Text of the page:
Allstate Reports Q4 Pension Settlement Charge of $100-125M

December 24, 2013

The Allstate Corp. reported that it expects to report a fourth-quarter 2013 settlement charge of $100 to $125 million, after-tax, related to the annual measurement of its pension obligations as of Dec. 31, 2013.

Settlement charges are non-cash charges that accelerate the recognition of unrecognized pension benefit cost that would have been incurred in subsequent periods when plan payments, primarily lump sums from qualified pension plans, exceed a threshold of service and interest cost for the period.

The value of lump sums paid to employees electing retirement in 2013 is elevated due to historically low interest rates, Allstate said in a statement, noting that voluntary retirement activity during the fourth quarter was almost five times the typical level.

In conjunction with announced changes to employee pension benefit plans, the company’s third quarter reports included a settlement charge of $49 million, after-tax, and indicated that the fourth quarter might include an additional settlement charge of a comparable or greater amount.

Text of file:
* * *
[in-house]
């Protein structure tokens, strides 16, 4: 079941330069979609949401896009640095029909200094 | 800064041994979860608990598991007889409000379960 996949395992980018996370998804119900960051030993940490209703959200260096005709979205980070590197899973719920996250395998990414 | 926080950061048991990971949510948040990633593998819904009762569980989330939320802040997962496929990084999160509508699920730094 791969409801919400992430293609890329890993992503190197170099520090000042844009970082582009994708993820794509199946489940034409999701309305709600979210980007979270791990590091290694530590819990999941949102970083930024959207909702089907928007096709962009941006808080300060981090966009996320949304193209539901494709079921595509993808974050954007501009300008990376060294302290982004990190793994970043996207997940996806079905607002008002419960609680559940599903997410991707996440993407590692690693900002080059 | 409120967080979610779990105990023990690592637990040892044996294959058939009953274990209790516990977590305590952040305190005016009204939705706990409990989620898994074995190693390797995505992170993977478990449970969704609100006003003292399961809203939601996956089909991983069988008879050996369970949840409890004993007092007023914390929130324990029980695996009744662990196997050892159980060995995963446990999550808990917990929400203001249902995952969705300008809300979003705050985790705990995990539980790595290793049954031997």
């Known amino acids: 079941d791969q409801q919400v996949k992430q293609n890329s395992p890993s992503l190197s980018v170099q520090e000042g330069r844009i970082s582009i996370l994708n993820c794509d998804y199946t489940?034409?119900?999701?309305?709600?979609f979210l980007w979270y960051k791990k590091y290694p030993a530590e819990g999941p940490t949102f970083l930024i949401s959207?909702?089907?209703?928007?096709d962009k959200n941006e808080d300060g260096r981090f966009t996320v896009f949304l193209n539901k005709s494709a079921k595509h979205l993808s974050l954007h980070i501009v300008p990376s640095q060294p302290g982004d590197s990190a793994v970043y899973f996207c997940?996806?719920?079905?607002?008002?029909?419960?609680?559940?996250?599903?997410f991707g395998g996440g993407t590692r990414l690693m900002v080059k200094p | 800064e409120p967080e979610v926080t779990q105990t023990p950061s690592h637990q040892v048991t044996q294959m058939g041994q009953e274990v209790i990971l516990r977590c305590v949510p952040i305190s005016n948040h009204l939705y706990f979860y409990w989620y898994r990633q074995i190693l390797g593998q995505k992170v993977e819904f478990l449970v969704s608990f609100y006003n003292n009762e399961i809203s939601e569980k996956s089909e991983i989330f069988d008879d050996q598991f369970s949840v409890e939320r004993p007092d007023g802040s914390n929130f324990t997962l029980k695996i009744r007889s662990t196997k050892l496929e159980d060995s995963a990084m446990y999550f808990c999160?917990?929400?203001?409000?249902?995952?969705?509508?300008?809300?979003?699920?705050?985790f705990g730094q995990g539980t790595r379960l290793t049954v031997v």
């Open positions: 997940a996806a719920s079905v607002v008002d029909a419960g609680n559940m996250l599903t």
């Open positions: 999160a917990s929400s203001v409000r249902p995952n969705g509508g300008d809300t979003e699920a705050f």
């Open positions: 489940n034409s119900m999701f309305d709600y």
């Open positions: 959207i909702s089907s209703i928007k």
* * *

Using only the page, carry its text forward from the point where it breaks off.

Allstate said the settlement charge will be reported in the “corporate and other” segment and impacts operating income, but does not affect underwriting income or combined ratios.

Beginning in 2014, all Allstate employees will earn future pension benefits under a new cash balance formula rather than the current formulas. These changes better align with market practices and provide future pension benefits more equitably to Allstate employees, Allstate said, adding that the changes added $599 million of book value in the third quarter of 2013 and will reduce future expenses.

In the same media statement, Allstate reported on catastrophe losses, noting that the carrier’s November cat loss total did not exceed a $150 million reporting threshold.

Source: The Allstate Corp.

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  • December 24, 2013 at 8:10 pm
    Tough Love says:
    Time to make the SAME reductions in all city, county, and State pension Plans for all CURRENT (yes CURRENT) Public Sector workers. Why are THEY "special" and deserving of a be... read more
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